Météo France is the national weather service of France. The principal research and forecasting facility, along with the national meteorological school is located in Toulouse in a complex known as the Météopole.
The architecture there is not your garden-variety series of homogeneous big boxes; buildings are round or have curved walls; hemispheres abound. Observation towers have trapezoidal observation decks. Parking lots are circular. Buildings are stepped like the missing half of ancient ziggurats. There is a profusion of colored panels and exoskeletons; some buildings look like what we imagine space stations to be like. Clearly, the intent was to create an overall "futuristic" feel.
If a gleaming spacecraft were to set itself down gently upon the great field between the campus and the rocade Arc-en-Ciel, nobody would blink an eye.
We have noted that an inverted pyramid decorates the entrance to the Météopole. Later ithe same month we observed that the neighboring DSNA building is also adorned with a pyramid--the sole ornamentation on an otherwise unremarkable boxy building. In that same post we wrote also about the Météo France logo: a triangle which seems to orbit a circle divided into light and dark halves. This would seem to use to represents the planet, divided literally into night and day by the sun, but also symbolically divided into black and white, as in a checkerboard. The triangle for us represents a satellite, an observing eye, a tool of measurement and thus control. It also hearkens back to the triangles which are often associated with the symbols of Revolutionary france; it has mystical connotations.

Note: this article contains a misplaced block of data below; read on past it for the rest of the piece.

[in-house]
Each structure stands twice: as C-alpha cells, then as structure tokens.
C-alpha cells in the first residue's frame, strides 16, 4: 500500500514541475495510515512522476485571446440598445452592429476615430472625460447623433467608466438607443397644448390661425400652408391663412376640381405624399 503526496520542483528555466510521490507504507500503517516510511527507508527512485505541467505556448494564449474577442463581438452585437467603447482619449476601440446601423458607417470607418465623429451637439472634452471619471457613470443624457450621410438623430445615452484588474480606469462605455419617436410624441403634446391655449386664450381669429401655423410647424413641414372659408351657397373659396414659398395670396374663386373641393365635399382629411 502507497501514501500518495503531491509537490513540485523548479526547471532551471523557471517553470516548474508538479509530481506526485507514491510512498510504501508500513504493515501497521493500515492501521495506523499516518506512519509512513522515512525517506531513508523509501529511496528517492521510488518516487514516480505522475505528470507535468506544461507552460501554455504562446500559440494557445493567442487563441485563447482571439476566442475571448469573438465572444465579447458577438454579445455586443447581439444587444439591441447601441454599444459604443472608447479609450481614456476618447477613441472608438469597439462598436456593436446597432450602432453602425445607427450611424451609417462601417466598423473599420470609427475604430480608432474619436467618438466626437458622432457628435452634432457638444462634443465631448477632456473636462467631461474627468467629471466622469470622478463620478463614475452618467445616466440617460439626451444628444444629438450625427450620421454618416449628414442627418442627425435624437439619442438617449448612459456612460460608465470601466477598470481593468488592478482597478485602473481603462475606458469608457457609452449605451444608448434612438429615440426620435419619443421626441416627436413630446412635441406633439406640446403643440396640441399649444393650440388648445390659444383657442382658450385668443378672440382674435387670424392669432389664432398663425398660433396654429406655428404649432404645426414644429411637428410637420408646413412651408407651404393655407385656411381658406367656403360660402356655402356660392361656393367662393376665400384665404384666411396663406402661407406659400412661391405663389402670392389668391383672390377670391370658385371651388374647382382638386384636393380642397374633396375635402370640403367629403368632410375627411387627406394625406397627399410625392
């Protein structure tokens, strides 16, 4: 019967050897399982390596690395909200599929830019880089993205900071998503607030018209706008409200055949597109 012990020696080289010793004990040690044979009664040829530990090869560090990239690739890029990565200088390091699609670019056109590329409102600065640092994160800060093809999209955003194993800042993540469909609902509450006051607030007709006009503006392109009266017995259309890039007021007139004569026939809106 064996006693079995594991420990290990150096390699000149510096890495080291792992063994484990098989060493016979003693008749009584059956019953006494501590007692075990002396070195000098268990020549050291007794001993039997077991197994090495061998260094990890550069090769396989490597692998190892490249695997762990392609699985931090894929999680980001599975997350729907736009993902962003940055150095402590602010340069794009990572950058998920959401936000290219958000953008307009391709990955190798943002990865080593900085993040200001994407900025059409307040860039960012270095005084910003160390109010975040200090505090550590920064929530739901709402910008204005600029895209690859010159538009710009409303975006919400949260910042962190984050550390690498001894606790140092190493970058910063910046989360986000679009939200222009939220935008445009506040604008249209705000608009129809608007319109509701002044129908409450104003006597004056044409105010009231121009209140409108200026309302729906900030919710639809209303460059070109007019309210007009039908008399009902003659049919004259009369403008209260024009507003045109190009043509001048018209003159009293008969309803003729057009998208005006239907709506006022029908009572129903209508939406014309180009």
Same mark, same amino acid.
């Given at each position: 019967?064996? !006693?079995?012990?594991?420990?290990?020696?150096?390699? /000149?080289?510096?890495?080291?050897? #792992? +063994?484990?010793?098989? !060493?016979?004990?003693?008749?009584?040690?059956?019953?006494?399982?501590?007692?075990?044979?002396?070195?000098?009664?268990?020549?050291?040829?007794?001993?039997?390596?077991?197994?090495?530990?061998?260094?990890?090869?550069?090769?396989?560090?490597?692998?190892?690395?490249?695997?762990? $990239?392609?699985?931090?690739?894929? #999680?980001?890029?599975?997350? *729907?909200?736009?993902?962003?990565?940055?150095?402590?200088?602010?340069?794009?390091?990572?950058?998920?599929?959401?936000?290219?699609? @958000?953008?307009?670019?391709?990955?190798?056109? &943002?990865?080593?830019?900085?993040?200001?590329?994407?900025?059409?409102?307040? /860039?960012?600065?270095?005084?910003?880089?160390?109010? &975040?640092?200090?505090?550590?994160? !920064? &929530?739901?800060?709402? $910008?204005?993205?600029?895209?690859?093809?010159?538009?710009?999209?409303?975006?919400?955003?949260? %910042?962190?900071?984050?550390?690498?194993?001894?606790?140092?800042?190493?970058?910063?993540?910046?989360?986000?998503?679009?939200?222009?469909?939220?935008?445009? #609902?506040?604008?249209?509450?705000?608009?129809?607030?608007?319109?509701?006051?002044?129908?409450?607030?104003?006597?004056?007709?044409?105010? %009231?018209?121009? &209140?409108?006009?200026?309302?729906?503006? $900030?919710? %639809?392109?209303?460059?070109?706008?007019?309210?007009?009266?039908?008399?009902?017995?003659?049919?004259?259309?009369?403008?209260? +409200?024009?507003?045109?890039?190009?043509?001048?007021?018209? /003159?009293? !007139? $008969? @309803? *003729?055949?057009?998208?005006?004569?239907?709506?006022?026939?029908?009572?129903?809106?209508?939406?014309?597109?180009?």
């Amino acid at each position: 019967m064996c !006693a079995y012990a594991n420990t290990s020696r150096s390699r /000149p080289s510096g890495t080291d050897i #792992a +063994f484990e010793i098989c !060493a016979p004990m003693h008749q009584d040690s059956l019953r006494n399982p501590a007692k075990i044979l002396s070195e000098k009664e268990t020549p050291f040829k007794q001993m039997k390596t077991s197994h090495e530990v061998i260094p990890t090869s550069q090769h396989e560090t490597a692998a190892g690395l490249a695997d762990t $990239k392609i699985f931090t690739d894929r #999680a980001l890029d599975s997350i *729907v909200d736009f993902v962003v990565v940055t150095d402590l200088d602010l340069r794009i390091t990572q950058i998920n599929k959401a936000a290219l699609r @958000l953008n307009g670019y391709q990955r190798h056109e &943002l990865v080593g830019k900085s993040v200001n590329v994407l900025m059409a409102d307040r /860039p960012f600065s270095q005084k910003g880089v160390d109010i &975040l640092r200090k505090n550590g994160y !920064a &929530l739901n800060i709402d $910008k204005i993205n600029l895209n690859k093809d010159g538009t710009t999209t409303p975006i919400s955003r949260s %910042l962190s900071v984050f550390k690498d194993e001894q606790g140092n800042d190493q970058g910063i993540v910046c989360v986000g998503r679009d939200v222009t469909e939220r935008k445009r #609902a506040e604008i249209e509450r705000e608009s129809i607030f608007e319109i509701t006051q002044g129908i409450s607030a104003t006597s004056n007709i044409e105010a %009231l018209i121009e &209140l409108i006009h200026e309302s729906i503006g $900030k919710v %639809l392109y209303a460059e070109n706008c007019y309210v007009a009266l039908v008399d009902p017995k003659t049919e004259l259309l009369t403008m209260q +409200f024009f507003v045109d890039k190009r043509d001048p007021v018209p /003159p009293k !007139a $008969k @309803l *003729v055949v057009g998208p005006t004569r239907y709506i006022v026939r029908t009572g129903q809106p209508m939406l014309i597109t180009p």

Seek and ye shall find! In the thick of all these encounters with pyramids and triangles we stumbled across a mundane object--an ashtray. This ashtray was an obelisk. The pyramidical cap punctuated by seven triangles through which to toss butts. OK, we know; let's not push it. This is no cosmic trigger. But have you even seen an ashtray such as this?
It would seems as though in an era where the funds flowed more freely, no expense was spared to ensure that the details were not overlooked. Even the ashtrays were conceived of with an eye towards the prevailing symbolism of the institution. Unless it's just a coincidence or the passing whim of some bored factotum in the purchasing department....
Then again, have you ever seen a trash can like the one pictured here? It's just unusual, clearly a product of some aesthetic reasoning above and beyond being merely functional. It's not even really the most efficient size and the expense of making it must be above and byond the standard garbage can.
But actually, all this reflection makes us sound a little more serious about all this than we actually are. It's funny, is all. Every visit to the Météopole reveals another detail which fits into the overarching symbolism of the whole. For what it's worth. At the very least an amusing coincidence.